problem reading files in C

This is a discussion on problem reading files in C within the C Programming forums, part of the General Programming Boards category; I'm using the fgetc() function for reading files.Aside from reading files I want it to read files such as EXEs ...

  1. #1
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    problem reading files in C

    I'm using the fgetc() function for reading files.Aside from reading files I want it to read files such as EXEs as well.I test it by using a hex editor to insert 0200 0242 and then run the program.The problem is when I put it after a hex string like 0000 0000 0000 0000 the program will not read it instead it will terminate.Otherwise it will read it and report the match

    Code:
    int dvd_chk(FILE *x)
    {
    int num_chk=0;
    char c;
    while( (c = fgetc( x )) != EOF )
    {
    if ( c == 0x02 ) { c=fgetc(x);
    if ( c == 0x00 ) { c=fgetc(x);
    if ( c == 0x04 ) { c=fgetc(x);
    if ( c == 0x24 ) { num_chk++; }
    }}}
    }
    fclose( x );
    return match;

  2. #2
    Just one more wrong move. -KEN-'s Avatar
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    hmmm....I'm not so sure if you can do that, read in a char and test it with a hex value. probably can...I'm not too sure about it, though.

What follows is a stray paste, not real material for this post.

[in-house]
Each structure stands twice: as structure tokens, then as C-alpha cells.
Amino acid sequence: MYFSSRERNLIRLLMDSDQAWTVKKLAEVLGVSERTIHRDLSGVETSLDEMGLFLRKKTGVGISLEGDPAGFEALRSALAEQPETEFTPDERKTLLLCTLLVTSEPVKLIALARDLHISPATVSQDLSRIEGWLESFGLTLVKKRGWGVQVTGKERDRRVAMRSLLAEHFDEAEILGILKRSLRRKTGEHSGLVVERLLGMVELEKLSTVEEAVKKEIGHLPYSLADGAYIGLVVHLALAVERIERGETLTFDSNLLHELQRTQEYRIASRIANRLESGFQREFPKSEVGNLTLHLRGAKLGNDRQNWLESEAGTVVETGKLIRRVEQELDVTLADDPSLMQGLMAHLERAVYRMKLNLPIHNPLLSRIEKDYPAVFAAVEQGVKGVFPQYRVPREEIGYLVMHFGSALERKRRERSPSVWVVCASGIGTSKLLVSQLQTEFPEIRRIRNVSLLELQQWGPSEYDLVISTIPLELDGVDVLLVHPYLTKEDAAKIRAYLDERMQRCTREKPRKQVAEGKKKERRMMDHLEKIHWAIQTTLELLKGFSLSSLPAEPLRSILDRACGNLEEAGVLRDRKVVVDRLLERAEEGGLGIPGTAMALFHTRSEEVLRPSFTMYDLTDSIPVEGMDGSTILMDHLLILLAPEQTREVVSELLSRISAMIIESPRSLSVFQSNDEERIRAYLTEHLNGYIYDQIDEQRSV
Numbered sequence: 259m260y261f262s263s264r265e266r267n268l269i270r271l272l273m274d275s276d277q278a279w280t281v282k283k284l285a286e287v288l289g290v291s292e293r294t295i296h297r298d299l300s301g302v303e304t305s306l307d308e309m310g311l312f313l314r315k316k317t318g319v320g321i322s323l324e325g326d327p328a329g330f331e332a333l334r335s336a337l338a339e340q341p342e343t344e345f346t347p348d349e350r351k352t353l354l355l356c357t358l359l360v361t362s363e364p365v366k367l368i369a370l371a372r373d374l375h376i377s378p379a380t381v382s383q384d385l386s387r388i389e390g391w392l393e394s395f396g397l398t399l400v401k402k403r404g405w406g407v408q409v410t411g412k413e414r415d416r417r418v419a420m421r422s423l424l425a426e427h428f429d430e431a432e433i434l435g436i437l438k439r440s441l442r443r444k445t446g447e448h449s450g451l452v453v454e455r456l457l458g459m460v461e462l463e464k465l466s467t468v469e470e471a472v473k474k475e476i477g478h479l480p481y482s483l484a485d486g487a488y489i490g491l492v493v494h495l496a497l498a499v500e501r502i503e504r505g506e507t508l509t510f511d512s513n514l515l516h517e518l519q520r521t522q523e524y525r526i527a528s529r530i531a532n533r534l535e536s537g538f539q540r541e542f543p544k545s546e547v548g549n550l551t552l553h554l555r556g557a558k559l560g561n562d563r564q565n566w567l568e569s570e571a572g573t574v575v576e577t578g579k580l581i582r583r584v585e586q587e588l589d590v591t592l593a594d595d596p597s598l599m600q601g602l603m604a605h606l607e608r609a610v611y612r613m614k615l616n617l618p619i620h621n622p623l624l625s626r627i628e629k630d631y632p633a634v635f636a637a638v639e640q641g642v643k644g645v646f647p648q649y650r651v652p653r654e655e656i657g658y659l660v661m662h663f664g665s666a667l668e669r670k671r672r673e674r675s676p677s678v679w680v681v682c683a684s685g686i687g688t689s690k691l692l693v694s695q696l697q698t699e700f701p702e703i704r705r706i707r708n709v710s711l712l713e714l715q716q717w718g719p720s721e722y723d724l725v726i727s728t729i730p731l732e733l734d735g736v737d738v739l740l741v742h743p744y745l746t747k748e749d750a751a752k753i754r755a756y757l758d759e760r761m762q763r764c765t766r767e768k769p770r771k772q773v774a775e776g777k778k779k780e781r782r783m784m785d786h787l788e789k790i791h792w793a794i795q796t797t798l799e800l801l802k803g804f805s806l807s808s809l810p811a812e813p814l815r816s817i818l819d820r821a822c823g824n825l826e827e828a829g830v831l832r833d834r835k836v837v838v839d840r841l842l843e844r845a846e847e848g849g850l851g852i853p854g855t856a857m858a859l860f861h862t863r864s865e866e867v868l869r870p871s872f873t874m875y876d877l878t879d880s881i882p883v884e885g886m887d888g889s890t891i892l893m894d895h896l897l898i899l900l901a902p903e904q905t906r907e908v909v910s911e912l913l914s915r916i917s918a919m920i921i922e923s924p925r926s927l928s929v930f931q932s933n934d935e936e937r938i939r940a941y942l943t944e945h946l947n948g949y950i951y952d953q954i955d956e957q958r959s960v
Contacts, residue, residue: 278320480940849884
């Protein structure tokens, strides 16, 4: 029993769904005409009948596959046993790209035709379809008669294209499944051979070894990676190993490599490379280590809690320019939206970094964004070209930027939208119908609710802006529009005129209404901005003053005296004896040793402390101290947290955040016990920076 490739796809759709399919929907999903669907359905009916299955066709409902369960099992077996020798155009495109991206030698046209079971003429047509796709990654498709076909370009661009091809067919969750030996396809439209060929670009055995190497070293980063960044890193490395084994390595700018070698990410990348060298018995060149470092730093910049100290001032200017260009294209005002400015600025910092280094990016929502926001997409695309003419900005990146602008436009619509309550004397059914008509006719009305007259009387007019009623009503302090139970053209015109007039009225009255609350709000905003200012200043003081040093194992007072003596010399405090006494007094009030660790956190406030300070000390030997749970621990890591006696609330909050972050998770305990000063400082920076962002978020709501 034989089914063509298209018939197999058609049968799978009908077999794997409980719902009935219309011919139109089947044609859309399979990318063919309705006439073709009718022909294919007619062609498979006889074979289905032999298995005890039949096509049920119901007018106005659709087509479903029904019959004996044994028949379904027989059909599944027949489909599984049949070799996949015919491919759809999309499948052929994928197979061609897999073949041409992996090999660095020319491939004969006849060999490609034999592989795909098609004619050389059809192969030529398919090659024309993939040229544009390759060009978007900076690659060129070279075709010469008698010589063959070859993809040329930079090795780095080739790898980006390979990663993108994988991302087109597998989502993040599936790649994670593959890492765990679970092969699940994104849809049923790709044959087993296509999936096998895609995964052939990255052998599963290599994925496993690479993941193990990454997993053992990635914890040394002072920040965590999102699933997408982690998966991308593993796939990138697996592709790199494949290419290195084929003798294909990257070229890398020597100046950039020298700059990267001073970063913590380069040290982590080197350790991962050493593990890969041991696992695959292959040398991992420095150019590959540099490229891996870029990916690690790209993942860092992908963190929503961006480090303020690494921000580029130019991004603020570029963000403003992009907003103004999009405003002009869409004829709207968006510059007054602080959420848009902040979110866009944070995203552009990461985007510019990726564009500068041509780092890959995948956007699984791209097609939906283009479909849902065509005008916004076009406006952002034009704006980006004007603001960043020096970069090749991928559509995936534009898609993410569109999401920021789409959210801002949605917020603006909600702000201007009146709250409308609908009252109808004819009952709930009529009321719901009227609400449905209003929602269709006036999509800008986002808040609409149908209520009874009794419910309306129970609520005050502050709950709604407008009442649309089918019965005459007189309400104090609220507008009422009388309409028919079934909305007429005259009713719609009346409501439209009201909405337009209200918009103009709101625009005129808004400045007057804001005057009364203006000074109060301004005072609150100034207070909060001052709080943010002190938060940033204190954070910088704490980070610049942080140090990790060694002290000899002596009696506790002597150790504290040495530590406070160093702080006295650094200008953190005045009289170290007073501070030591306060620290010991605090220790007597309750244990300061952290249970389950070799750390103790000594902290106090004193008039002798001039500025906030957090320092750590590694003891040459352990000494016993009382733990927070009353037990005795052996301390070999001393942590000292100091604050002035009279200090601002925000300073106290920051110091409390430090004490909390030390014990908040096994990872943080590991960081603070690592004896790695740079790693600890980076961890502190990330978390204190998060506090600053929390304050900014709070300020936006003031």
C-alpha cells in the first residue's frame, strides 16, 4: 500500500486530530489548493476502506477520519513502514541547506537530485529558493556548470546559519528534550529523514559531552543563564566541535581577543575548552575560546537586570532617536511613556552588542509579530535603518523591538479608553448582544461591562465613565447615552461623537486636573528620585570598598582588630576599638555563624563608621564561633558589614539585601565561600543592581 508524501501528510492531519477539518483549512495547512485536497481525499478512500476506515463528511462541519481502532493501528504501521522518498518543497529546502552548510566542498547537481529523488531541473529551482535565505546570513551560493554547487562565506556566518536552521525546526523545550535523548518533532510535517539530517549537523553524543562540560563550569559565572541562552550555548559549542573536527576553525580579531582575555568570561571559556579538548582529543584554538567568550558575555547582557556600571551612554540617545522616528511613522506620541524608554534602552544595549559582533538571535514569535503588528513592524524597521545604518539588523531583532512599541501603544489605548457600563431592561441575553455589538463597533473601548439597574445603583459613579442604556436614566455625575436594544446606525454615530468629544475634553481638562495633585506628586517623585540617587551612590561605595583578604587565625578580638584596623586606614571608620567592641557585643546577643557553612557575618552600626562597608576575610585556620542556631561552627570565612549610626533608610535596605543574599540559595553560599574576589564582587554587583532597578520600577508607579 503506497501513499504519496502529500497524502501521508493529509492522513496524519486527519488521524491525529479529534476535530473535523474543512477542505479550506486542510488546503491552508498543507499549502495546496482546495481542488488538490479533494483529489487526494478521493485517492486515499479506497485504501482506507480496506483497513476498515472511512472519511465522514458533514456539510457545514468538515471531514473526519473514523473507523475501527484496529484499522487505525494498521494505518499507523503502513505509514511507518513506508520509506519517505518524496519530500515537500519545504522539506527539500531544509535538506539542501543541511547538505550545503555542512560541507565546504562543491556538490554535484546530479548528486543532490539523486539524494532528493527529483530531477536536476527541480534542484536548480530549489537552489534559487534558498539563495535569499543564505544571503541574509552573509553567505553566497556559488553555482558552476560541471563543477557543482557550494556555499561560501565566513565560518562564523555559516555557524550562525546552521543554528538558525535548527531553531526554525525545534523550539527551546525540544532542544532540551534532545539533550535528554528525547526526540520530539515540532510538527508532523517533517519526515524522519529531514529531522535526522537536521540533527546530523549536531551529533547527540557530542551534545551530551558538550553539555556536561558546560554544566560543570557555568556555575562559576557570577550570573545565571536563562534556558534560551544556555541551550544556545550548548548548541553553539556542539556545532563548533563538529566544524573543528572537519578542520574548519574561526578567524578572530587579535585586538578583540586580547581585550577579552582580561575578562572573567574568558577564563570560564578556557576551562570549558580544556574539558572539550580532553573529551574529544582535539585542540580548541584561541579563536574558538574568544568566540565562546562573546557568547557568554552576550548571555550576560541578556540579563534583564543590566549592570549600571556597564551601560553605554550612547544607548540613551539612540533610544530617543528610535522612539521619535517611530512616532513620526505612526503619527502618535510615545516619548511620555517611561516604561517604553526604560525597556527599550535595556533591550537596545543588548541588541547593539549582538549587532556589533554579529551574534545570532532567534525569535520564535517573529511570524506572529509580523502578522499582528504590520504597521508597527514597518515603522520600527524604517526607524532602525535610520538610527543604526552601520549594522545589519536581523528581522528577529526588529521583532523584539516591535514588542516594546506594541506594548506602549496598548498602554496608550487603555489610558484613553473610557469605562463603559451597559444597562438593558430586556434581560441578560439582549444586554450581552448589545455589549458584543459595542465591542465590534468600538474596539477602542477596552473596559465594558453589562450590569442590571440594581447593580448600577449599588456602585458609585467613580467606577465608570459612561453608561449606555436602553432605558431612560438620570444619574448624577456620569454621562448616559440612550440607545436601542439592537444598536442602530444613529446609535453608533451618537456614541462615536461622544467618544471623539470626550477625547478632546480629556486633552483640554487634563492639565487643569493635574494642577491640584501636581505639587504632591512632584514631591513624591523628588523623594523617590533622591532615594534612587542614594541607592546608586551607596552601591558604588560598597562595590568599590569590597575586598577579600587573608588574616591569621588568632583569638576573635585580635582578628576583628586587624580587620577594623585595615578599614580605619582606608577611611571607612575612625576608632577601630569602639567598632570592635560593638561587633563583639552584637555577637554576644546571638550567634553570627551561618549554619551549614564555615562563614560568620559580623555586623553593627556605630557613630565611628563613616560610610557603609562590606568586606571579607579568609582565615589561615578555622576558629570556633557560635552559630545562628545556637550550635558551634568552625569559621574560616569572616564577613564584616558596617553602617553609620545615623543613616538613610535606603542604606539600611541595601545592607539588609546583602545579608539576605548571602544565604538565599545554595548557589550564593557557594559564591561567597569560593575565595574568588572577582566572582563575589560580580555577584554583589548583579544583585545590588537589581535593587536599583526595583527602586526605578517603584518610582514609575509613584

Also, you need to open the file - try adding....

    x = fopen("somefile.txt","rb"); //you need to open it as rb which is reading in binary mode

    to your first line of code in that function.

  3. #3
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    I open the file through main and pass the file pointer to the function.I've tested it by using Hex Workshop and adding the hex string 0200 0424.I tried it on a text file and an EXE.Here is the full code:
    Code:
    #include <stdio.h>
    
    int dvd_chk(FILE *x);
    
    int main(int argc, char *argv[])
    {
    FILE *inf;
    int noc;
    printf("DVD Check finder\n\n");
    if (argc!=2){
    printf("insufficient program usage\n");
    printf("usage: dvdchk <file to be scanned>\n");
    return 0;
    }
    inf=fopen( argv[1], "rb" );
    if (inf==null){
    printf("File %s does not exist\n");
    return 0;
    }
    noc=dvd_chk(inf);
    printf("Number of Checks: %d\n",noc);
    return 0;
    }
    
    int dvd_chk(FILE *x)
    {
    int match=0;
    char c;
    while( (c = fgetc( x )) != EOF )
    {
    if ( c == 0x02 ) { c=fgetc(x);
    if ( c == 0x00 ) { c=fgetc(x);
    if ( c == 0x04 ) { c=fgetc(x);
    if ( c == 0x24 ) { match++; }
    }}}
    }
    fclose( x );
    return match;
    }
    Last edited by angelfly; 10-09-2001 at 04:17 PM.

  4. #4
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    HHHHHHMMMM

    don't you need to use fread() to read binary files?

  5. #5
    Registered User pinko_liberal's Avatar
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    Originally posted by SPOOK
    HHHHHHMMMM

    don't you need to use fread() to read binary files?
    I think fgetc should work fine if the file is opened in the binary mode.

    from http://www.acm.uiuc.edu/webmonkeys/book/c_guide